4. Do not stop after the defensive help: Great shooters dominate this type of play. Many of them pop into mind, for instance, Bullock and Rakocevic, in the Spanish league. After a penetration with an advantage, I’m restrained in my zone because of a player, who does a defensive help, who fakes or recovers or even switches. The player with the ball, after the pass stops himself, a very important thing in order to avoid an offensive foul, but to avoid the foul, the player has not to stop for five seconds. He needs thus to look for a new passing line that may offer the possibility to receive alone, with an advantage, or playing against a defender with whom there’s a mismatch due to a defensive switch (diagr. 10).
5. Two-on-one: Without stopping to describe the technical details of the twoon- one, one of the more frequent and dangerous “stops” in our defensive system occurs when the offensive player passes the ball after a double team. Normally, the player involved in the two-on-one reacts well after the pass and tries to recover his man, or else looks for a free opponent in the rotation. However, the player, who guards the man with the ball, usually just turns his head and maintains his position; he prefers to rest, instead of thinking of the other responsibilities he has after the pass has been made. This player must get into the habit of getting back to his proper position as shown in diagram 11. In diagram 12, on the other hand, we can see how the player, after having run to his spot, helps stop an easy penetration to the basket.
6. Do not stop if the offensive player does: This is one of the hardest actions to practice in our sport. Here is a very common situation in a basketball game, with the offensive team that plays a direct screen on the ball. The defender of the player with the ball come into contact with the screen and the offensive player takes an advantage. The defender runs, in the best case, to recover his position, but the offensive player stops. In the 90% of the cases, the defender stops, too. However, he does this before getting to the correct spot on the court. This is a big mistake.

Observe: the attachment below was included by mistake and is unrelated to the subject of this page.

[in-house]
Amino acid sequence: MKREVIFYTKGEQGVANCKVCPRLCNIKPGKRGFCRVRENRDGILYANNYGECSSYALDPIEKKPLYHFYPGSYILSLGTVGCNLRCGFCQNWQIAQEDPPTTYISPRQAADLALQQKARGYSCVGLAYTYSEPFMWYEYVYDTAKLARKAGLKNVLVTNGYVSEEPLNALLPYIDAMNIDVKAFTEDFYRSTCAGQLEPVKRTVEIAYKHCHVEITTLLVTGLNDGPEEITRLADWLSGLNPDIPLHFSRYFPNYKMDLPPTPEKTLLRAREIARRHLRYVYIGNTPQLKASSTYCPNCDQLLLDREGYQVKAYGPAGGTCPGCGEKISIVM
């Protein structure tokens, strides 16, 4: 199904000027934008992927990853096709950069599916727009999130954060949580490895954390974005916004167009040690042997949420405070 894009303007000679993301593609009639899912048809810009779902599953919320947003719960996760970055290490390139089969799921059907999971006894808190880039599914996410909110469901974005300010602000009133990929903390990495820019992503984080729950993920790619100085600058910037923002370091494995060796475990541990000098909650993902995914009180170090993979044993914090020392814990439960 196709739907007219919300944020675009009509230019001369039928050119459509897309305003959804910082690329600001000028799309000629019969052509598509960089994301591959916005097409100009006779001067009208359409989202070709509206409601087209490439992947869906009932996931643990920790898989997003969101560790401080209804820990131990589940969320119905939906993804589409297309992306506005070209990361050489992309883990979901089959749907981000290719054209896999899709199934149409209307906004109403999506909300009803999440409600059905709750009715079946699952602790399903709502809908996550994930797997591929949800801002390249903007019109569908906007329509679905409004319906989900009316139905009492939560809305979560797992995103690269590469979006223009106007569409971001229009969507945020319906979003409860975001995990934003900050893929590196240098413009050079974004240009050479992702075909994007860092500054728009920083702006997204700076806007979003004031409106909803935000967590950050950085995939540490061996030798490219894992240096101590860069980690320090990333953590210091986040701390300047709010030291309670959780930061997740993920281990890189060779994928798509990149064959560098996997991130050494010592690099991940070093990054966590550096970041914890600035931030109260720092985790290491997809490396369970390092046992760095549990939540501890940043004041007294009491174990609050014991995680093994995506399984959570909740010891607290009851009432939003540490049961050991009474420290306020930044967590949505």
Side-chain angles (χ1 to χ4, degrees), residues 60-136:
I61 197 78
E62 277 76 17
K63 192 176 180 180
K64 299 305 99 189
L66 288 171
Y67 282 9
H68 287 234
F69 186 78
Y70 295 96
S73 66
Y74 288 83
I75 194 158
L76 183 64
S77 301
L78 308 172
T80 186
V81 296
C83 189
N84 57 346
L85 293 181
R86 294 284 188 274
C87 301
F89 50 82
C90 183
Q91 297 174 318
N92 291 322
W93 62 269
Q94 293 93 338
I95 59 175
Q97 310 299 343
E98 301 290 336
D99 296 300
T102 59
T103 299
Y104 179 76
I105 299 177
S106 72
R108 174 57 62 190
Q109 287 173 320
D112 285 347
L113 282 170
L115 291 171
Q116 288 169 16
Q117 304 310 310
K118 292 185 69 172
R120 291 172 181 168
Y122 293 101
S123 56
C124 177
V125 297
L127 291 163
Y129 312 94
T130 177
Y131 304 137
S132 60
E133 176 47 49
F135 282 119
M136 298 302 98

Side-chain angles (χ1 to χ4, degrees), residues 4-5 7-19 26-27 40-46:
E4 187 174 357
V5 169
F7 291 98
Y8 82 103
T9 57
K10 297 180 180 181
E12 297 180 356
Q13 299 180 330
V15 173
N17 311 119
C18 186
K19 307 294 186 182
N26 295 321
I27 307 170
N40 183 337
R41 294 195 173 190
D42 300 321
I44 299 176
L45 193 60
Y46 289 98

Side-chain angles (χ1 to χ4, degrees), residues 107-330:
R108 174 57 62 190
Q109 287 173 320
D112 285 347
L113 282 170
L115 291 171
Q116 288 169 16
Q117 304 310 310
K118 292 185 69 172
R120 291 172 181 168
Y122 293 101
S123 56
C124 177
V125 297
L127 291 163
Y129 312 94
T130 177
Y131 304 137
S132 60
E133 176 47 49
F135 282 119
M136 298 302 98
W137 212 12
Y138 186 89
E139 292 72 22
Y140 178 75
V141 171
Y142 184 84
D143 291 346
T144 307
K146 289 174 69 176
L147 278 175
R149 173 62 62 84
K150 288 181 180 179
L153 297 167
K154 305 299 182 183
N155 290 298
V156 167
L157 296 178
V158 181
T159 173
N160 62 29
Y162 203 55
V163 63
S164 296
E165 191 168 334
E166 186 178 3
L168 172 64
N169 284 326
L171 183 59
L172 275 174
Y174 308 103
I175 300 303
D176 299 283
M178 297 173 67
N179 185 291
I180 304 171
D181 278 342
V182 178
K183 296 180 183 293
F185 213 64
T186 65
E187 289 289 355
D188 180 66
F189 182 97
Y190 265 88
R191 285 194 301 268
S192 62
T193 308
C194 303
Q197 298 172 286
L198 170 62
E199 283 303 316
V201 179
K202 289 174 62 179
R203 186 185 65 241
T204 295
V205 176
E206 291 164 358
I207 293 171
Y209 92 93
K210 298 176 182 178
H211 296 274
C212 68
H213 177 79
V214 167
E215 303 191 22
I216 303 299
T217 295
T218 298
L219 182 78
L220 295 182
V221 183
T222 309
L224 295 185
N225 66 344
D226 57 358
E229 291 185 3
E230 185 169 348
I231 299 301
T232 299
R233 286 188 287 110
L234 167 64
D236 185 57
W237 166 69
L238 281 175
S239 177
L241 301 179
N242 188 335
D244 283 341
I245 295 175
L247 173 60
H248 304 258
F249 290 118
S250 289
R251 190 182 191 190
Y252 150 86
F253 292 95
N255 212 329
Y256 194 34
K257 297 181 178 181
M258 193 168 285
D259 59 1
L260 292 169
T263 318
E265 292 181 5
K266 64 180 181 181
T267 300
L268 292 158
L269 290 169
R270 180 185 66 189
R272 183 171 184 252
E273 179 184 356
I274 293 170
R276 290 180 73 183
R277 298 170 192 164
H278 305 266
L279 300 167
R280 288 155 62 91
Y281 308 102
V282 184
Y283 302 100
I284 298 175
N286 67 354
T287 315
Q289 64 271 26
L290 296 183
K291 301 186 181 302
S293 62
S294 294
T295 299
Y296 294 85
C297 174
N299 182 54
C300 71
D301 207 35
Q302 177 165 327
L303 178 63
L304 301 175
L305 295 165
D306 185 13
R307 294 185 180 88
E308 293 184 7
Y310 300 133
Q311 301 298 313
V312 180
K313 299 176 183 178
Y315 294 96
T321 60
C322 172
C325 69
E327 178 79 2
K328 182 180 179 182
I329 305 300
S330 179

Another very common example occurs with the defender who presses full court. Once the offensive player beats the press and gets an advantage, the defender will typically run beside the player with the ball and when he stops, the defender often stops, too, instead of putting himself in front of the player with the ball (diagr. 13 and 14).
7. My space: The name of this indicates exactly what we’re talking about. One defender has to guard his opponent, but this is not enough. Many times we see defenders in perfect defensive stance: they deny the pass, they’re legs are bent, and intently watching their opponent so he won’t be able to score. Defensive positioning entails the responsonsibility of the defender towards his opponent, but of equal importance, it also means guarding a particular zone of the court, which has to be protected. Too many times, we see a defender watch an offensive opponent drive by and the defender does not take the initiative of faking, stepping out, or trying to stop him. Instead, he thinks, “This is not my man,” and lets the offensive player go right by (diagr. 15).
Defensive players have to be respon sible not only for their man but for a zone that they occupy. They cannot let players drive easily to the basket, or make uncontested cuts or passes.
Basketball, like most popular sports, has undergone an evolution as the game globalized and has been tweaked and improved through the input of tens of thousands of coaches. These improvements are noted today in the technical, tactical, and physical level of the game that’s played at the highest level. For this reason alone, coaches have to be prepared to change and innovate in all aspects of game preparation. Paying attention to the smallest detail and instituting change whenever possible can make the difference in the final outcome of a game, a game that your team might win.